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Course Catalog

180.627.01 Lessons Learned in 1918 Pandemic Flu

Department:
Environmental Health and Engineering
Term:
4th term
Credits:
1 credits
Academic Year:
2019 - 2020
Location:
East Baltimore
Class Times:
  • Friday,  10:30 - 11:20am
Auditors Allowed:
Yes, with instructor consent
Grading Restriction:
Letter Grade or Pass/Fail
Contact:
Gigi Gronvall
Course Instructor :
Resources:
Description:

The influenza pandemic of 1918 infected a third of the world’s population, killed 50-100 million people, and changed the course of history. Though William H. Welch, the first dean of Johns Hopkins School of Medicine was known for being unflappable in the face of infectious disease, this “new and terrible plague” pushed the limits of scientific comprehension, all in the backdrop of the devastating final days of WWI. One hundred years later, we can look back to ask, what happened during this epidemic? Could it happen again? How are we more prepared to respond to an influenza pandemic, now—and where would we continue to fall short?

Prepares students to examine the complex history surrounding the 1918 influenza pandemic, the public health response at that time, and compare to preparedness, today. Acquaints students with the realities of mass vaccination and medical countermeasure development. Topical issues related to influenza preparedness will be discussed, including an examination of what happened in the 1977 reemergence of H1N1 influenza, gain of function influenza experiments and other controversial influenza research, and the effectiveness of non-pharmaceutical interventions. Encourages application of critical thinking skills through class discussions and written assignments.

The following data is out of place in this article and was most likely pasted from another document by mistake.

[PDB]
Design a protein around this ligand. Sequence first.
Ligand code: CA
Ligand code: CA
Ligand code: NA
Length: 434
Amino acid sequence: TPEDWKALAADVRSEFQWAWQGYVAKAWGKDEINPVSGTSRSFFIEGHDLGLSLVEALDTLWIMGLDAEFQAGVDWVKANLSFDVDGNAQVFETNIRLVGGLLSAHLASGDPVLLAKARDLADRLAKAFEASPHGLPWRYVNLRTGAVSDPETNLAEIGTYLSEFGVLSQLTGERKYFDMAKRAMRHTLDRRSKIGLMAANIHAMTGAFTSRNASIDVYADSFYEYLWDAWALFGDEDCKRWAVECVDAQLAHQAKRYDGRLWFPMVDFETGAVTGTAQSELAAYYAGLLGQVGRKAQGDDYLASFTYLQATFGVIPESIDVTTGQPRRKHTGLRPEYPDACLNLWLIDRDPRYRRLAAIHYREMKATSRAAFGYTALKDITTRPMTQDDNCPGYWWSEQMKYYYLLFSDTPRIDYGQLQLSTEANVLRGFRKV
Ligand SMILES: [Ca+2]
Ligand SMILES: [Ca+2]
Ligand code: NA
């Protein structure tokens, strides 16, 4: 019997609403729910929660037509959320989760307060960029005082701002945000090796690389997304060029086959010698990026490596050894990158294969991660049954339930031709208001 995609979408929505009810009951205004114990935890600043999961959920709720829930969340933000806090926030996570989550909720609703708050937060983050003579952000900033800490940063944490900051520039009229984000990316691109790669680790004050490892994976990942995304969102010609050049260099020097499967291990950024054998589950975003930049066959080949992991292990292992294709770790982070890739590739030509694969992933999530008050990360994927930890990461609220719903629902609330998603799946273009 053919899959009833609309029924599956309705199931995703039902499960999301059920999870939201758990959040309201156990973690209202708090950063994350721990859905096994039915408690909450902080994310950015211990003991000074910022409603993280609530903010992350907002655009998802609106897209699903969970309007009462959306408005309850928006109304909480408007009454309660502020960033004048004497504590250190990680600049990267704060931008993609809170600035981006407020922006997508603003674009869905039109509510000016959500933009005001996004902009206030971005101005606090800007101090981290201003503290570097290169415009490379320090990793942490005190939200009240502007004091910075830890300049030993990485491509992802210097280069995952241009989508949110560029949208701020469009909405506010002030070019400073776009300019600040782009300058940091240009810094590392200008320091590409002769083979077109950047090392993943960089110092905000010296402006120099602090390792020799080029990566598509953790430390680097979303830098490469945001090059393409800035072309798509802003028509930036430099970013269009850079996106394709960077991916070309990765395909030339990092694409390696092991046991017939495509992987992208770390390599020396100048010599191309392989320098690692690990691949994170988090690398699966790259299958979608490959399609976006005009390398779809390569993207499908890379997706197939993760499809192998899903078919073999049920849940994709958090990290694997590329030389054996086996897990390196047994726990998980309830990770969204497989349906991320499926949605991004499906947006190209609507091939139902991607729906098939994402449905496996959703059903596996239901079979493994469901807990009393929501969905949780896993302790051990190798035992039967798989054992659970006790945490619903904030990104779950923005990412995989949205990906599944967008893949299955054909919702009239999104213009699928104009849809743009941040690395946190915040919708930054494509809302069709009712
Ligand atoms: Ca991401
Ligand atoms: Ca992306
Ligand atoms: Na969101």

Learning Objectives:

Upon successfully completing this course, students will be able to:

  1. Describe the historical, public health, and statistical features of the 1918 influenza pandemic
  2. Describe current efforts towards influenza preparedness
  3. Engage in professional written and oral communications with experts to elicit useful information
  4. Link possible policy options to current influenza threats and public health preparedness
  5. Describe the role scientists from Johns Hopkins University played in changing our approach to infectious diseases
Methods of Assessment:

10% Participation
50% Short written and oral presentation assignments, (some completed in class)
40% Quizzes

Instructor Consent:

No consent required

Special Comments:

As part of this course, students will be expected to craft a professional email to a current professional who might have some relevant responsibility in the event of a modern pandemic influenza (for example, scientist, public health official, mortuary services). They will send that email, schedule an interview, develop interview questions, conduct and write up the interview, and submit their report. This assignment will aim to teach professional skills as well as increase knowledge of important public health roles.